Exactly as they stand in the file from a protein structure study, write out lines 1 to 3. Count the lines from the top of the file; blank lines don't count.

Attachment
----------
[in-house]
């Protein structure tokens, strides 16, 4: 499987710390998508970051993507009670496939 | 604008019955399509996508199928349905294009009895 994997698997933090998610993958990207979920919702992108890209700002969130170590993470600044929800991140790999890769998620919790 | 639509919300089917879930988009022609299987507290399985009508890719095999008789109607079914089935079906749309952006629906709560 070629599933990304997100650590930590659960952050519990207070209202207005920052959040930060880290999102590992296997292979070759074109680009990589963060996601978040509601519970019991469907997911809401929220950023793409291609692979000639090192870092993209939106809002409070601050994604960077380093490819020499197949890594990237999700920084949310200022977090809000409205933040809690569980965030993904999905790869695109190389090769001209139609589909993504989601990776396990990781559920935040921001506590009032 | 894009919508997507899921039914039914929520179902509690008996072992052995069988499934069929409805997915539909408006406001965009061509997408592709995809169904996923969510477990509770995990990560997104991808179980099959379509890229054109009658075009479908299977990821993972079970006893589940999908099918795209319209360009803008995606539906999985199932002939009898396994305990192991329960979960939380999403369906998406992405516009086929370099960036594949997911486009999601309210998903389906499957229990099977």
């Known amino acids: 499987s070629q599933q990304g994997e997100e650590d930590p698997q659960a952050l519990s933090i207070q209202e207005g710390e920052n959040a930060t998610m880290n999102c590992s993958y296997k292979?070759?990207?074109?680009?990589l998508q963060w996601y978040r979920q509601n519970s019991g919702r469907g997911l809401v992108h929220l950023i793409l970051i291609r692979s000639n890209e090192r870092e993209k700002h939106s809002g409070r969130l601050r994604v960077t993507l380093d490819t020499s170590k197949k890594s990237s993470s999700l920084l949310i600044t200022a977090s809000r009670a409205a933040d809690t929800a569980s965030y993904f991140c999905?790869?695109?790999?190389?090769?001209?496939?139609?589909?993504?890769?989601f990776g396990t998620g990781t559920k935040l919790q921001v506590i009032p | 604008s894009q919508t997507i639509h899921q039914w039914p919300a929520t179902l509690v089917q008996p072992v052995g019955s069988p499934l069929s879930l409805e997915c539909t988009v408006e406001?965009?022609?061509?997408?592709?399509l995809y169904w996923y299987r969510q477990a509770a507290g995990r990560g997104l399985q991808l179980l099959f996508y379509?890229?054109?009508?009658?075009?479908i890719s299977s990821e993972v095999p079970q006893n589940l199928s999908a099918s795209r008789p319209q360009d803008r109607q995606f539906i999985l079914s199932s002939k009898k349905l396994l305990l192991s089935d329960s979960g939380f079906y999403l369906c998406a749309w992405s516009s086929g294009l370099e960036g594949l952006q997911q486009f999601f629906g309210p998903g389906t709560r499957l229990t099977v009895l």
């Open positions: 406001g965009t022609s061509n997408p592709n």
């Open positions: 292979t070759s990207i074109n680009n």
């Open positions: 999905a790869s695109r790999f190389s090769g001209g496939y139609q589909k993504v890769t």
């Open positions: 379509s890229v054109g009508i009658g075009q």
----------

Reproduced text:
[in-house]
């Protein structure tokens, strides 16, 4: 499987710390998508970051993507009670496939 | 604008019955399509996508199928349905294009009895 994997698997933090998610993958990207979920919702992108890209700002969130170590993470600044929800991140790999890769998620919790 | 639509919300089917879930988009022609299987507290399985009508890719095999008789109607079914089935079906749309952006629906709560 070629599933990304997100650590930590659960952050519990207070209202207005920052959040930060880290999102590992296997292979070759074109680009990589963060996601978040509601519970019991469907997911809401929220950023793409291609692979000639090192870092993209939106809002409070601050994604960077380093490819020499197949890594990237999700920084949310200022977090809000409205933040809690569980965030993904999905790869695109190389090769001209139609589909993504989601990776396990990781559920935040921001506590009032 | 894009919508997507899921039914039914929520179902509690008996072992052995069988499934069929409805997915539909408006406001965009061509997408592709995809169904996923969510477990509770995990990560997104991808179980099959379509890229054109009658075009479908299977990821993972079970006893589940999908099918795209319209360009803008995606539906999985199932002939009898396994305990192991329960979960939380999403369906998406992405516009086929370099960036594949997911486009999601309210998903389906499957229990099977």
């Known amino acids: 499987s070629q599933q990304g994997e997100e650590d930590p698997q659960a952050l519990s933090i207070q209202e207005g710390e920052n959040a930060t998610m880290n999102c590992s993958y296997k292979?070759?990207?074109?680009?990589l998508q963060w996601y978040r979920q509601n519970s019991g919702r469907g997911l809401v992108h929220l950023i793409l970051i291609r692979s000639n890209e090192r870092e993209k700002h939106s809002g409070r969130l601050r994604v960077t993507l380093d490819t020499s170590k197949k890594s990237s993470s999700l920084l949310i600044t200022a977090s809000r009670a409205a933040d809690t929800a569980s965030y993904f991140c999905?790869?695109?790999?190389?090769?001209?496939?139609?589909?993504?890769?989601f990776g396990t998620g990781t559920k935040l919790q921001v506590i009032p | 604008s894009q919508t997507i639509h899921q039914w039914p919300a929520t179902l509690v089917q008996p072992v052995g019955s069988p499934l069929s879930l409805e997915c539909t988009v408006e406001?965009?022609?061509?997408?592709?399509l995809y169904w996923y299987r969510q477990a509770a507290g995990r990560g997104l399985q991808l179980l099959f996508y379509?890229?054109?009508?009658?075009?479908i890719s299977s990821e993972v095999p079970q006893n589940l199928s999908a099918s795209r008789p319209q360009d803008r109607q995606f539906i999985l079914s199932s002939k009898k349905l396994l305990l192991s089935d329960s979960g939380f079906y999403l369906c998406a749309w992405s516009s086929g294009l370099e960036g594949l952006q997911q486009f999601f629906g309210p998903g389906t709560r499957l229990t099977v009895l």